In your example image, you show what appears to be a fixed camera feed (for example, a security camera). If it is safe to assume that this is a fixed camera feed, this becomes much easier, since we can:
- Take your image, and have a reference image from when you know the door isn't blocked
- Take an identically-sized subsection of each that zooms in on the section in front of the door
- Use one of several approaches to find differences between those two sub-images, and decide if those differences are beyond some threshold.
There are many ways to compare two similar images (and many stack overflow posts, code snippets, python examples, etc). As a quick-and-easy subset to consider, take a look at:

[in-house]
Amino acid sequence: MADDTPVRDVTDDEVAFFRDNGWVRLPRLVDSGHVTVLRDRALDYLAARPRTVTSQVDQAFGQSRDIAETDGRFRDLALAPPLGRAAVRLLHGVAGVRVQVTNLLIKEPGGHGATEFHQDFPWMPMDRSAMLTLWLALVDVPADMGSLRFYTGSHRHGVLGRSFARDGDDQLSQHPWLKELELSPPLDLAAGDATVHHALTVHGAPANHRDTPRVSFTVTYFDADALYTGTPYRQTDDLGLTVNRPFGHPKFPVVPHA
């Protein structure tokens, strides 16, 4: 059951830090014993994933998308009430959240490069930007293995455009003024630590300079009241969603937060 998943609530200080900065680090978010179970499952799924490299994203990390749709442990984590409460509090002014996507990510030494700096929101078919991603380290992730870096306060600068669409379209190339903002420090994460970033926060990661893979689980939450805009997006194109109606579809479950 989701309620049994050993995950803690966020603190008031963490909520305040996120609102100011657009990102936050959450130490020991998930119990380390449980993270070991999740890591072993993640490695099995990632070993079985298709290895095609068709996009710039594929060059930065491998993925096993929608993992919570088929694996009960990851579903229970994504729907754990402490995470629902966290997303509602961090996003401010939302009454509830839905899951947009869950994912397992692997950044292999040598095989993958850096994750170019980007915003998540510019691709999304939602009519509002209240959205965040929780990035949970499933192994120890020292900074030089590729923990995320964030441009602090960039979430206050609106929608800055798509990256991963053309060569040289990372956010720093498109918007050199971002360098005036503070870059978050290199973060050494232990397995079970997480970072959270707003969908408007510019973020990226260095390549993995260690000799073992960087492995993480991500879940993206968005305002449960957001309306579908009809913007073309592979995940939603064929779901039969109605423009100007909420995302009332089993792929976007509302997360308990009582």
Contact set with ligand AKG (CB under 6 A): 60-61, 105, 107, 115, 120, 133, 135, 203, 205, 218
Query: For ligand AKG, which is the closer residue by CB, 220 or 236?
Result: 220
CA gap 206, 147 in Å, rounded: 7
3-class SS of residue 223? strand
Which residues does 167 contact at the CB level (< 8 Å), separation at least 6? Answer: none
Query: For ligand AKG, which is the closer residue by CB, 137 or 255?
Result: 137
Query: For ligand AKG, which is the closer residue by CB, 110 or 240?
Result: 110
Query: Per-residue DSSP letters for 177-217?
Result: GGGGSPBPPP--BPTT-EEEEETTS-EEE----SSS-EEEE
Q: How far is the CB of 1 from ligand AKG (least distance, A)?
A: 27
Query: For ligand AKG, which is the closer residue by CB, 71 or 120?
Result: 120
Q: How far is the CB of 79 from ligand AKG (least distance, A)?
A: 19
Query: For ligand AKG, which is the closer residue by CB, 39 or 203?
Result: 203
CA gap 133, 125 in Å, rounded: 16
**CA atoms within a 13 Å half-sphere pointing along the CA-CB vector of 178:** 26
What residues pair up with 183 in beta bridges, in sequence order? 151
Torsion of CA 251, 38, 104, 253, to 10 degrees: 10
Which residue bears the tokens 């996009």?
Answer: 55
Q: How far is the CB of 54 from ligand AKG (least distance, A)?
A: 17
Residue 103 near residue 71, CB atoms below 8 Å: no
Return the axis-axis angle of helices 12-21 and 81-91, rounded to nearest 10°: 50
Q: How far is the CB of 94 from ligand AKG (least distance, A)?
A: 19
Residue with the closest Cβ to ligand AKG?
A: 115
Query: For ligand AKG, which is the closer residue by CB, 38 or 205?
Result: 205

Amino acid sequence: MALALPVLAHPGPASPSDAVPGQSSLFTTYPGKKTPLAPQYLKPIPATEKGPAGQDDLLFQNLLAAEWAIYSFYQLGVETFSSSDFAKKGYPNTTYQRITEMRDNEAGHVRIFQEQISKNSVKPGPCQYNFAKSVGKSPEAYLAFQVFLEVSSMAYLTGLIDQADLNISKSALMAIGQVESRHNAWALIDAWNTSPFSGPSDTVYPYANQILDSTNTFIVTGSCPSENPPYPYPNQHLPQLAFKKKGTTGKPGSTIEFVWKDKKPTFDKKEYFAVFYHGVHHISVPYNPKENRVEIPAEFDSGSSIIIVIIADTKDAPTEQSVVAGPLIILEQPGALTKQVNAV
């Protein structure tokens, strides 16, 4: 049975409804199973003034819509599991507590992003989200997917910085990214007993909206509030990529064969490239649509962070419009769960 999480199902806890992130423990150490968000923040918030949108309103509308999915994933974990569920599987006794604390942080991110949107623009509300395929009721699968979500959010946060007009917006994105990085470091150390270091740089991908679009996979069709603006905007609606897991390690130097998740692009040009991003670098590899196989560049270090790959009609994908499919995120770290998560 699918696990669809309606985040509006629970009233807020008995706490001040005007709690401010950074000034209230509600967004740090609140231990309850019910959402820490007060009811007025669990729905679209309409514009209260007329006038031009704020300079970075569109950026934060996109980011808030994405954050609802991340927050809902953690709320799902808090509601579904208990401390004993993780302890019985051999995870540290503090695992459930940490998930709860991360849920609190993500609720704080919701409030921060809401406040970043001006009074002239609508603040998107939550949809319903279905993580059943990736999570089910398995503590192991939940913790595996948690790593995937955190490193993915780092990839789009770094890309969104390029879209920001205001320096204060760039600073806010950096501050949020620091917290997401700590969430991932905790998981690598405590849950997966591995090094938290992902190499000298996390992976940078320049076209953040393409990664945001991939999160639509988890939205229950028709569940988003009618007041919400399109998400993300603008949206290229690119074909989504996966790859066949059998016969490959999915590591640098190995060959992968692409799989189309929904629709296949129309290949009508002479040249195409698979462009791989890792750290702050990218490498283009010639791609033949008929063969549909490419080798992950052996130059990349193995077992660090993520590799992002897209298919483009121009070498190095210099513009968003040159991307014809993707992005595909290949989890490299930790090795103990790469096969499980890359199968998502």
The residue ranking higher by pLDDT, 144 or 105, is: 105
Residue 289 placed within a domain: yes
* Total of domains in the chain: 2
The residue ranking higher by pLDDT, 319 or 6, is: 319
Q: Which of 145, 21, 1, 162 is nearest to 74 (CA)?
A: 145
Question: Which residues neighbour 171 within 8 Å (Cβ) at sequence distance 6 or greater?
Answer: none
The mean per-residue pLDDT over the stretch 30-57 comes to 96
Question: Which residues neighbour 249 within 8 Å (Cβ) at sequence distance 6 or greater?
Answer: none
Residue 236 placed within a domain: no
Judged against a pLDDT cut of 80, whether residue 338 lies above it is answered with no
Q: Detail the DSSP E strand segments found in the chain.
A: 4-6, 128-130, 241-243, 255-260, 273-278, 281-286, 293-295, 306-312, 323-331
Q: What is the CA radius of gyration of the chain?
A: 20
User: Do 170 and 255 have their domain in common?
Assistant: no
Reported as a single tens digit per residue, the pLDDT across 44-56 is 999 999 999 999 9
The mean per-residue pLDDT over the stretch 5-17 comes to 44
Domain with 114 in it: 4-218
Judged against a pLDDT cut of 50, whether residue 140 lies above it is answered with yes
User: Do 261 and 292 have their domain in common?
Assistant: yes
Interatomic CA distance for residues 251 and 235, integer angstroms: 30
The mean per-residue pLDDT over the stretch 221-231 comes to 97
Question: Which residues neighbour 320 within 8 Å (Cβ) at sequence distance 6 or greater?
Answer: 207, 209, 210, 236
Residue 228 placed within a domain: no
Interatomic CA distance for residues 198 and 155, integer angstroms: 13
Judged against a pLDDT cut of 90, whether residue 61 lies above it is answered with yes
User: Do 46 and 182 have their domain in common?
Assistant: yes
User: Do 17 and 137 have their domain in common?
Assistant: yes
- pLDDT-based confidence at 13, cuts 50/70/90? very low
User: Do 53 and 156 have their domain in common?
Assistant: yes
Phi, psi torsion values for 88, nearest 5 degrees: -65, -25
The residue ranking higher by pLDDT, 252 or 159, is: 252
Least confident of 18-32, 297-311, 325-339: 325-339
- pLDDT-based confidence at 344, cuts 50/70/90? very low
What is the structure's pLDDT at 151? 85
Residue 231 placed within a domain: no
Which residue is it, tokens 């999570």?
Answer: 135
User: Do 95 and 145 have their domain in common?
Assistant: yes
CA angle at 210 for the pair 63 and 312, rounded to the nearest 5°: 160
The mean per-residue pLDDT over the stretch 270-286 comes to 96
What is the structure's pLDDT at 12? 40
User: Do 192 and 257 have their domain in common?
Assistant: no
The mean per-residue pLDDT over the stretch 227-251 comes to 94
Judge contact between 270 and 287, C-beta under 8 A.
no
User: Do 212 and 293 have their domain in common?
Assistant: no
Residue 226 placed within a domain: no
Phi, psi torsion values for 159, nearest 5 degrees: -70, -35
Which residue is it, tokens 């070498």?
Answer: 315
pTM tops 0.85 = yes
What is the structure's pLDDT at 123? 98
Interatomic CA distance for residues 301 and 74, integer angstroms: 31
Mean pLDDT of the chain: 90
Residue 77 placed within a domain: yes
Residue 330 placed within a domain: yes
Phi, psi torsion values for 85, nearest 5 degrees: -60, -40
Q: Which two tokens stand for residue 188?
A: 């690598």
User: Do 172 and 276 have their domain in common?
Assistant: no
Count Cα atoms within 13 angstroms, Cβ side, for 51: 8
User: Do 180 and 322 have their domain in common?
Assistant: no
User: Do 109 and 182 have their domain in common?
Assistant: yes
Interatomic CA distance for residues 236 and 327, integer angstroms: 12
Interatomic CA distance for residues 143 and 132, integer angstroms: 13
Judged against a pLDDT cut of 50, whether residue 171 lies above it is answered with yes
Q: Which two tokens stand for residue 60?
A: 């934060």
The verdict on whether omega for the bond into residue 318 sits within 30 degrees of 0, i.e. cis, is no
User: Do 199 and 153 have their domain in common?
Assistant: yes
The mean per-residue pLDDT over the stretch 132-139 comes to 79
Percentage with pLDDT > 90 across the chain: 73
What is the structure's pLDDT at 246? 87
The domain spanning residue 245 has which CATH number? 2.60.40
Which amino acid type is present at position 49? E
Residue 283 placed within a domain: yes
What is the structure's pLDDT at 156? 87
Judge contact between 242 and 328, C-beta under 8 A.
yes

- The compareHist() function, which would allow you to see if the colors in each image are generally similar. If they are almost exactly the same there's probably nothing blocking your door, but there would be a rare set of cases where there is a floor-colored object blocking it and this would fail. But this is generally quick, easy, and good enough.
- The matchTemplate() function, which allows you to provide a template and find the probabilty that that template is found at a given pixel. If you have a template in the form of the floor in front of the door, and you can't find a match for that floor, the door is blocked. I would expect this to be a bit more robust than the histogram approach.
- If you're doing things in Python, Scikit also has some helpful tools for computing the structural similarity index (SSIM), which allows you to find the difference between two images.
If we can't make that assumption, things become harder: you'll need your approach to be robust against a large variety of possible perspective shifts. The most common method for doing that is by training a classifier model that is robust to a wide variety of different viewing angles.